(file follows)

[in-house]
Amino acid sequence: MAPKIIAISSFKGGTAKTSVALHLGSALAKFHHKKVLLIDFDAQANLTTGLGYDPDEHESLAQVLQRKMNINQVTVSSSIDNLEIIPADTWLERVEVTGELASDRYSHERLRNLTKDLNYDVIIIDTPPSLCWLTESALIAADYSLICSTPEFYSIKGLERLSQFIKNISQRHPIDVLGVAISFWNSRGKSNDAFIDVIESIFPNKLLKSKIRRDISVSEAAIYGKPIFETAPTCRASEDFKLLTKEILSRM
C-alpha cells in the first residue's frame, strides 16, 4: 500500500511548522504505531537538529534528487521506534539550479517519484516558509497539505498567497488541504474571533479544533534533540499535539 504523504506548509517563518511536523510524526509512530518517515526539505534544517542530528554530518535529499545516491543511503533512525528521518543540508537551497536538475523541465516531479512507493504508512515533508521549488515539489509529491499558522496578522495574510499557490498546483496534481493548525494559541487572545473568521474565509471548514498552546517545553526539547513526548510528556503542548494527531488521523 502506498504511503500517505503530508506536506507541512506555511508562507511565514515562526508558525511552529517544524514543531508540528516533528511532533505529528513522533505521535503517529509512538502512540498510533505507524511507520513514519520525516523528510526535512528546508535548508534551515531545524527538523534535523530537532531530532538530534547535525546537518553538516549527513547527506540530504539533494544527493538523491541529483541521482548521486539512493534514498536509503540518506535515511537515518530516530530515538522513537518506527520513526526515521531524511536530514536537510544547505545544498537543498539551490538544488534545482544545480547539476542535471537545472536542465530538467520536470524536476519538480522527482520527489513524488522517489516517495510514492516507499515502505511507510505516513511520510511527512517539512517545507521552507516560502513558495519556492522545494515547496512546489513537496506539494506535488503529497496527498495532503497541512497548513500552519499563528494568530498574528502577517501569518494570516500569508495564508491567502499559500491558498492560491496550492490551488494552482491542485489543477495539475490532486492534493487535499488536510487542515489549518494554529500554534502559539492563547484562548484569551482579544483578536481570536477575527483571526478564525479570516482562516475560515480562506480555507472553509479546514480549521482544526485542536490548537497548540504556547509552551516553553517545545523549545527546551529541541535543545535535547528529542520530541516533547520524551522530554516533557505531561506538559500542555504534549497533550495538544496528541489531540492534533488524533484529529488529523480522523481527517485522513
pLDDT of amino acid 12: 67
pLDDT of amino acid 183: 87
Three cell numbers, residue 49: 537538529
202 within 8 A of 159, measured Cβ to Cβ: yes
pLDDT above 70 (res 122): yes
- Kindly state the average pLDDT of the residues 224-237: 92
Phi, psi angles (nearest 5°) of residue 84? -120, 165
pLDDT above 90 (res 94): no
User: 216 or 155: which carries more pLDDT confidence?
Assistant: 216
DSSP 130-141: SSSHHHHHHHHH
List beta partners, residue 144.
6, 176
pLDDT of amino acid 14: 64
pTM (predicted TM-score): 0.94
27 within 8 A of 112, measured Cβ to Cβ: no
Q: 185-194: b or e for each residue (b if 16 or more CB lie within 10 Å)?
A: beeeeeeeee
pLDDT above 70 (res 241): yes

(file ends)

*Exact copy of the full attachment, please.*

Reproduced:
[in-house]
Amino acid sequence: MAPKIIAISSFKGGTAKTSVALHLGSALAKFHHKKVLLIDFDAQANLTTGLGYDPDEHESLAQVLQRKMNINQVTVSSSIDNLEIIPADTWLERVEVTGELASDRYSHERLRNLTKDLNYDVIIIDTPPSLCWLTESALIAADYSLICSTPEFYSIKGLERLSQFIKNISQRHPIDVLGVAISFWNSRGKSNDAFIDVIESIFPNKLLKSKIRRDISVSEAAIYGKPIFETAPTCRASEDFKLLTKEILSRM
C-alpha cells in the first residue's frame, strides 16, 4: 500500500511548522504505531537538529534528487521506534539550479517519484516558509497539505498567497488541504474571533479544533534533540499535539 504523504506548509517563518511536523510524526509512530518517515526539505534544517542530528554530518535529499545516491543511503533512525528521518543540508537551497536538475523541465516531479512507493504508512515533508521549488515539489509529491499558522496578522495574510499557490498546483496534481493548525494559541487572545473568521474565509471548514498552546517545553526539547513526548510528556503542548494527531488521523 502506498504511503500517505503530508506536506507541512506555511508562507511565514515562526508558525511552529517544524514543531508540528516533528511532533505529528513522533505521535503517529509512538502512540498510533505507524511507520513514519520525516523528510526535512528546508535548508534551515531545524527538523534535523530537532531530532538530534547535525546537518553538516549527513547527506540530504539533494544527493538523491541529483541521482548521486539512493534514498536509503540518506535515511537515518530516530530515538522513537518506527520513526526515521531524511536530514536537510544547505545544498537543498539551490538544488534545482544545480547539476542535471537545472536542465530538467520536470524536476519538480522527482520527489513524488522517489516517495510514492516507499515502505511507510505516513511520510511527512517539512517545507521552507516560502513558495519556492522545494515547496512546489513537496506539494506535488503529497496527498495532503497541512497548513500552519499563528494568530498574528502577517501569518494570516500569508495564508491567502499559500491558498492560491496550492490551488494552482491542485489543477495539475490532486492534493487535499488536510487542515489549518494554529500554534502559539492563547484562548484569551482579544483578536481570536477575527483571526478564525479570516482562516475560515480562506480555507472553509479546514480549521482544526485542536490548537497548540504556547509552551516553553517545545523549545527546551529541541535543545535535547528529542520530541516533547520524551522530554516533557505531561506538559500542555504534549497533550495538544496528541489531540492534533488524533484529529488529523480522523481527517485522513
pLDDT of amino acid 12: 67
pLDDT of amino acid 183: 87
Three cell numbers, residue 49: 537538529
202 within 8 A of 159, measured Cβ to Cβ: yes
pLDDT above 70 (res 122): yes
- Kindly state the average pLDDT of the residues 224-237: 92
Phi, psi angles (nearest 5°) of residue 84? -120, 165
pLDDT above 90 (res 94): no
User: 216 or 155: which carries more pLDDT confidence?
Assistant: 216
DSSP 130-141: SSSHHHHHHHHH
List beta partners, residue 144.
6, 176
pLDDT of amino acid 14: 64
pTM (predicted TM-score): 0.94
27 within 8 A of 112, measured Cβ to Cβ: no
Q: 185-194: b or e for each residue (b if 16 or more CB lie within 10 Å)?
A: beeeeeeeee
pLDDT above 70 (res 241): yes